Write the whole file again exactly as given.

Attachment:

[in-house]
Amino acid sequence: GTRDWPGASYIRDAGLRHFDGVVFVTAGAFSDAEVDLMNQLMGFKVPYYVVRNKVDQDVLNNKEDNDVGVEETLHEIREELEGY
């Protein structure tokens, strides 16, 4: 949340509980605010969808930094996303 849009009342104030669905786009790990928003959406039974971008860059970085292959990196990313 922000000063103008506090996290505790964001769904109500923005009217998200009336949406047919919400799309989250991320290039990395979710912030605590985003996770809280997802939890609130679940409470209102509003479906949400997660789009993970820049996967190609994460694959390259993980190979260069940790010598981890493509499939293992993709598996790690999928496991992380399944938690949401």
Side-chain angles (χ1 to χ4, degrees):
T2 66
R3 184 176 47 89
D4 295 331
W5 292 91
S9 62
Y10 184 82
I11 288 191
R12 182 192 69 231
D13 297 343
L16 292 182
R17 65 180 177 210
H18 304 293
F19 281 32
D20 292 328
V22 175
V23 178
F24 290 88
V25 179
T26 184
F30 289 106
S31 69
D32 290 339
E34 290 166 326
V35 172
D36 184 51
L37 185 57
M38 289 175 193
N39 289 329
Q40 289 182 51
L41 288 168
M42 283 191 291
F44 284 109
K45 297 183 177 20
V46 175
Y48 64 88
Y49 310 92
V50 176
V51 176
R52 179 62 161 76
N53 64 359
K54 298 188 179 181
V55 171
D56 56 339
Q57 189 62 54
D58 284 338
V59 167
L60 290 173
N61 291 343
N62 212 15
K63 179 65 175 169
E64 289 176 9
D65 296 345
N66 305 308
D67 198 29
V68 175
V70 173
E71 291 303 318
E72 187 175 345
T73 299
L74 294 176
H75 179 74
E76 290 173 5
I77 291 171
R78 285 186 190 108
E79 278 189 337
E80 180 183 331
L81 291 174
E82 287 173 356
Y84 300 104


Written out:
[in-house]
Amino acid sequence: GTRDWPGASYIRDAGLRHFDGVVFVTAGAFSDAEVDLMNQLMGFKVPYYVVRNKVDQDVLNNKEDNDVGVEETLHEIREELEGY
């Protein structure tokens, strides 16, 4: 949340509980605010969808930094996303 849009009342104030669905786009790990928003959406039974971008860059970085292959990196990313 922000000063103008506090996290505790964001769904109500923005009217998200009336949406047919919400799309989250991320290039990395979710912030605590985003996770809280997802939890609130679940409470209102509003479906949400997660789009993970820049996967190609994460694959390259993980190979260069940790010598981890493509499939293992993709598996790690999928496991992380399944938690949401």
Side-chain angles (χ1 to χ4, degrees):
T2 66
R3 184 176 47 89
D4 295 331
W5 292 91
S9 62
Y10 184 82
I11 288 191
R12 182 192 69 231
D13 297 343
L16 292 182
R17 65 180 177 210
H18 304 293
F19 281 32
D20 292 328
V22 175
V23 178
F24 290 88
V25 179
T26 184
F30 289 106
S31 69
D32 290 339
E34 290 166 326
V35 172
D36 184 51
L37 185 57
M38 289 175 193
N39 289 329
Q40 289 182 51
L41 288 168
M42 283 191 291
F44 284 109
K45 297 183 177 20
V46 175
Y48 64 88
Y49 310 92
V50 176
V51 176
R52 179 62 161 76
N53 64 359
K54 298 188 179 181
V55 171
D56 56 339
Q57 189 62 54
D58 284 338
V59 167
L60 290 173
N61 291 343
N62 212 15
K63 179 65 175 169
E64 289 176 9
D65 296 345
N66 305 308
D67 198 29
V68 175
V70 173
E71 291 303 318
E72 187 175 345
T73 299
L74 294 176
H75 179 74
E76 290 173 5
I77 291 171
R78 285 186 190 108
E79 278 189 337
E80 180 183 331
L81 291 174
E82 287 173 356
Y84 300 104